Choosing Wisely: six recommendations

The Pharmaceutical Society of Australia (PSA) has issued six recommendations on what not to do when dealing with the issue of multiple medicines and complementary medicines including homeopathy.

The PSA’s inaugural Choosing Wisely list of recommendations for Australians to consider around medicines use is intended to reduce medication misadventure with about 230,000 Australians admitted to hospital as a result of medication misadventure each year.

This is around four times the annual number of people who are hospitalised as a result of motor vehicle accidents and costs the Australian health system $1.2 billion each year, yet 23% of adverse drug events in primary care are preventable.

NPS MedicineWise Client Relations Manager, Dr Robyn Lindner, said: “Sometimes people are unsure of what medicines they’re taking and why. We encourage you to discuss the implications of each new medicine with your healthcare provider and ensure you are fully informed about issues such as necessity, risks and side effects.”

PSA National President Dr Chris Freeman said “While the use of medicines offers significant benefits for many people, they may also cause unnecessary harm. It is important that we balance the positive and negative effects of each medicine, tailored to each individual with their care goals front of mind.

“As experts in medicines, pharmacists have the ability to provide specialised review of a person’s medication regimen, resulting in recommendations or actions to help people get the most out of their medicines. Any person taking multiple medicines, high-risk medicines, or who is at high risk of medicine misadventure, including transitioning between care settings, should have their medicines reviewed,” he said.

“In regards to homeopathic products there is no reliable evidence of efficacy. All health professionals should take the time to discuss with health consumers who are taking or considering taking these products, the lack of efficacy and the risks in rejecting or delaying other treatments known to be safe and effective.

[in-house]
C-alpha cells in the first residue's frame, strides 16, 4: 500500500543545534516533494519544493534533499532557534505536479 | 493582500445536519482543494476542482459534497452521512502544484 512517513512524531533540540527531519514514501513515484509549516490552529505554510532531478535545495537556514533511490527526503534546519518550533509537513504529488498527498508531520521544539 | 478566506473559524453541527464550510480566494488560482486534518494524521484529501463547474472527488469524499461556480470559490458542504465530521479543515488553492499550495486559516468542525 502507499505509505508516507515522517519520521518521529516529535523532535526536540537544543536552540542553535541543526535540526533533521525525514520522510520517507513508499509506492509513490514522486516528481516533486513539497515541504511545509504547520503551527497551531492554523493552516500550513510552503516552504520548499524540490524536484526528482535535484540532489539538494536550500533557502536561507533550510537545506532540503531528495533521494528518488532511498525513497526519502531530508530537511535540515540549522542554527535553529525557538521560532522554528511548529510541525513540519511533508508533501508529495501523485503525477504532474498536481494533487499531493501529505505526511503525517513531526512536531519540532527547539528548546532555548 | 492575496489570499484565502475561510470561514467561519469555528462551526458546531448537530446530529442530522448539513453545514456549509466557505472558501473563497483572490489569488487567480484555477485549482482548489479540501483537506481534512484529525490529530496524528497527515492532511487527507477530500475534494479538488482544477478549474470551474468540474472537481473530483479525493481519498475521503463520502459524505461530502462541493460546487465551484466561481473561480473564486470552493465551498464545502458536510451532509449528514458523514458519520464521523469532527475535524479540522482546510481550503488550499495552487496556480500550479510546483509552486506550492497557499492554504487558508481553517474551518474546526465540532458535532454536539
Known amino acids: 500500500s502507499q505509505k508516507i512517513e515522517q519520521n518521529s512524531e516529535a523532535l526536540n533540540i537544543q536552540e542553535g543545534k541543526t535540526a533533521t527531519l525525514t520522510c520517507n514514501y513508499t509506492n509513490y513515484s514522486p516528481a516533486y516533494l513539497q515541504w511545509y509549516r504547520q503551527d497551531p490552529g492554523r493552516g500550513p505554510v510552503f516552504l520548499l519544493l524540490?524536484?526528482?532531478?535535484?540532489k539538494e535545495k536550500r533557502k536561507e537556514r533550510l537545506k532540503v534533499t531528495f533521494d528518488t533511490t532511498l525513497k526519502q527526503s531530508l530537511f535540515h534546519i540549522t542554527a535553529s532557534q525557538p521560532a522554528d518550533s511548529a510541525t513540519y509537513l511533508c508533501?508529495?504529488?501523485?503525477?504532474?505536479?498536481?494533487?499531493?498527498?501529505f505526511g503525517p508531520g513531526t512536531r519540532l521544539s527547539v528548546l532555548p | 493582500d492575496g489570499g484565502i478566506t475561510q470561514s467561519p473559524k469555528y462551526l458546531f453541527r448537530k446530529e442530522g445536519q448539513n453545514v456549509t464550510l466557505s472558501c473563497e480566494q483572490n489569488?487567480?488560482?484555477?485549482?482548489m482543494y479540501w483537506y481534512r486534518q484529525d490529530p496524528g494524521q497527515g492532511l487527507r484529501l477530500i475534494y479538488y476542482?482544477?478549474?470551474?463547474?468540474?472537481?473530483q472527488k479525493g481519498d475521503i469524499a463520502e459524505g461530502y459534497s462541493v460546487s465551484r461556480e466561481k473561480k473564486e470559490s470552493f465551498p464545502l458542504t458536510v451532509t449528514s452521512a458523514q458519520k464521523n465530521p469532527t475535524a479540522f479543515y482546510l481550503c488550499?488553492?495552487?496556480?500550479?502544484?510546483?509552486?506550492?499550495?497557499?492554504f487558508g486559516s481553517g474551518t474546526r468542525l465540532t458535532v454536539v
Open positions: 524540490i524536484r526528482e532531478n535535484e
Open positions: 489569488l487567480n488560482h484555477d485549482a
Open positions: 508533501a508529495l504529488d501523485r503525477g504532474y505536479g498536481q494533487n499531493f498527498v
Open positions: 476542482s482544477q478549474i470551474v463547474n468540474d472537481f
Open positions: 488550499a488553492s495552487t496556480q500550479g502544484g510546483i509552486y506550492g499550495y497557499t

“Prescribing data shows that close to 25% of repeat antibiotic prescriptions were dispensed more than four weeks after the initial dispensing, indicating potentially inappropriate antibiotic use in the community. Pharmacists can help to reduce the burden of antibiotic resistance by first clarifying the clinical appropriateness of repeat antibiotic prescriptions before dispensing.”

The six PSA recommendations are:

  1. Do not initiate medications to treat symptoms, adverse events, or side effects (unless in an emergency) without determining if an existing therapy or lack of adherence is the cause, and whether a dosage reduction, discontinuation of a medication, or another treatment is warranted.
  2. Do not promote or provide homeopathic products as there is no reliable evidence of efficacy. Where patients choose to access homeopathic treatments, health professionals should discuss the lack of benefit with patients.
  3. Do not dispense a repeat prescription for an antibiotic without first clarifying clinical appropriateness.
  4. Do not prescribe medications for patients on five or more medications, or continue medications indefinitely, without a comprehensive review of their existing medications, including over-the-counter medications and dietary supplements, to determine whether any of the medications or supplements should or can be reduced or discontinued.
  5. Do not continue benzodiazepines, other sedative hypnotics or antipsychotics in older adults for insomnia, agitation or delirium for more than three months without review.
  6. Do not recommend complementary medicines or therapies unless there is credible evidence of efficacy and the benefit of use outweighs the risk.

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